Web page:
But seriously No fair, I thought, as the Sister explained. The babies had barely even lived a life alive. And just because they were born someplace without baptismal fonts -- or convenient baptismal lakes, which I’d seen once on TV – who says they shouldn’t get to Heaven?
I didn’t think the loving Jesus would agree to all this stuff.
2nd Attempt at Synthesis: Did I start to cry quietly about the Pagan Babies at my desk in class? I did. Like when we learned about the caste system in India and Untouchables – “they were born into it and could do nothing about it” and were never touched? had wrecked me for days. By then, I’d become skilled at crying with my eyes down, so no one could see.
Around then I asked my mother what “shut-ins” were; our TV advertised a “Mass for Shut-Ins” on Sundays. She told me these were people who couldn’t go outside.
This was horrifying news. “What do you mean, why not?” She explained that some people were sick, or lived in a wheelchair. I fought hot tears and shook my head. “So they can’t ever go outside?” She did not answer.
About the saddest thing I’d ever heard in my life. Sadder than Hell Itself or being Untouchable. Decades later, after passage of the ADA, a somewhat more welcome environment awaits a person who needs a wheelchair. (Realizing that throughout this pandemic, millions more of us are “shut-ins,” with various congregational versions on electronic screens.)
But I digress. Regarding Limbo and those heartrending Pagan Babies: this nun of noteworthy girth and perspiring face offered a complete Miracle 3rd Option—Church-Authorized Dialectical Synthesis!
“Listen! Children! IF we collect enough money to send to the Church, we can free the Pagan Babies,” here she paused for effect as the stiff wimple across her forehead wiggled with her eyebrows, “and they will go to Heaven!”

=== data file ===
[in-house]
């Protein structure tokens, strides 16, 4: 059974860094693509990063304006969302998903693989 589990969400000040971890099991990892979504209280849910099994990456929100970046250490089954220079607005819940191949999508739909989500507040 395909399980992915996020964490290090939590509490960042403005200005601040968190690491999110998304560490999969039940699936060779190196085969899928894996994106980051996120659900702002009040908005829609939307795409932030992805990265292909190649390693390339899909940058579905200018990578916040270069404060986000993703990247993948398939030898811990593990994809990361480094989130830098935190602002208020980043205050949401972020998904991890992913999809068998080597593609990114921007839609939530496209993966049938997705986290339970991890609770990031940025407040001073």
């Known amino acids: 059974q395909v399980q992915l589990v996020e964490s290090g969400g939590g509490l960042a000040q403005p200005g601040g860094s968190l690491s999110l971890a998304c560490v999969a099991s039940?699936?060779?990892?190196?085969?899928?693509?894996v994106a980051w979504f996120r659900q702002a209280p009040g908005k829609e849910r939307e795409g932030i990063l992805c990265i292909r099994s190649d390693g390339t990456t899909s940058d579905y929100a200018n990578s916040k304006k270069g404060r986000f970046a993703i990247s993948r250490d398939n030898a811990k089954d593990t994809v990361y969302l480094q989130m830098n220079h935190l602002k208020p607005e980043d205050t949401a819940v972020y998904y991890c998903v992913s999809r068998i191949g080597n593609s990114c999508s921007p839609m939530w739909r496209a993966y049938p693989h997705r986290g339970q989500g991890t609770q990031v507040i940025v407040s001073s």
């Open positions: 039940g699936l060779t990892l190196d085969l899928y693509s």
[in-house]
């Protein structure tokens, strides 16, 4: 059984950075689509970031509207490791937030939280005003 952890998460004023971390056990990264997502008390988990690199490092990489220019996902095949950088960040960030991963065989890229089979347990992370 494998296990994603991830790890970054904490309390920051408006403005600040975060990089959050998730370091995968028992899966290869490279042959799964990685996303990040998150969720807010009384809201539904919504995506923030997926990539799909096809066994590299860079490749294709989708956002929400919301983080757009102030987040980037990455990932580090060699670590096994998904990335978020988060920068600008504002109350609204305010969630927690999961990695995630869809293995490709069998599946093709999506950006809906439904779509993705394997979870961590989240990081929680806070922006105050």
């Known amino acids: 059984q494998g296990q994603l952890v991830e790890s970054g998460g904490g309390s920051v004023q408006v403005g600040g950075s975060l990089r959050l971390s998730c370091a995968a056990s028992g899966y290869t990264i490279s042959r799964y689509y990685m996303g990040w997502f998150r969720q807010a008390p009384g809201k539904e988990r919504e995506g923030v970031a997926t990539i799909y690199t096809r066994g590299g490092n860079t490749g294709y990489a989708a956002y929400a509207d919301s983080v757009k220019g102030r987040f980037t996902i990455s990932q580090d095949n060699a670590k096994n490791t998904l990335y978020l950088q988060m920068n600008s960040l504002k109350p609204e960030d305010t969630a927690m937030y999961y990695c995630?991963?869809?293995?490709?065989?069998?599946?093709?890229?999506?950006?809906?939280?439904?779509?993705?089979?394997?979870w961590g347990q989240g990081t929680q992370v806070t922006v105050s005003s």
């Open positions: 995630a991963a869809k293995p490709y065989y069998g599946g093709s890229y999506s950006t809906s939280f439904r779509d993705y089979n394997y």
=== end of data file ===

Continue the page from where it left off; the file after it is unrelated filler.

Our classroom full of 7- and 8-year-olds clapped and cheered. I stopped pleating my hem and blinked. What was that?
“Go home tonight and collect all your Tooth-Fairy money, any allowance from your piggy banks, birthday gifts from your godparents, First-Communion money, bring it into school tomorrow, and we’ll see if we have enough for the Pagan Babies! To get to Heaven!”
We freshest Communicants hooray-ed. That afternoon we clambered off our yellow buses and dashed into our houses in a frenzy of heroic fervor. We would absolutely buy those Babies’ way out of Limbo! Let’s DO this!
My mother looked stunned to hear the challenge. She may have even phoned my father at work. In any case, my understanding was: he made a phone call to the school.
I would, actually, not be bringing my Tooth-Fairy or First Communion money the next day. Apparently, neither would many other 2nd-graders.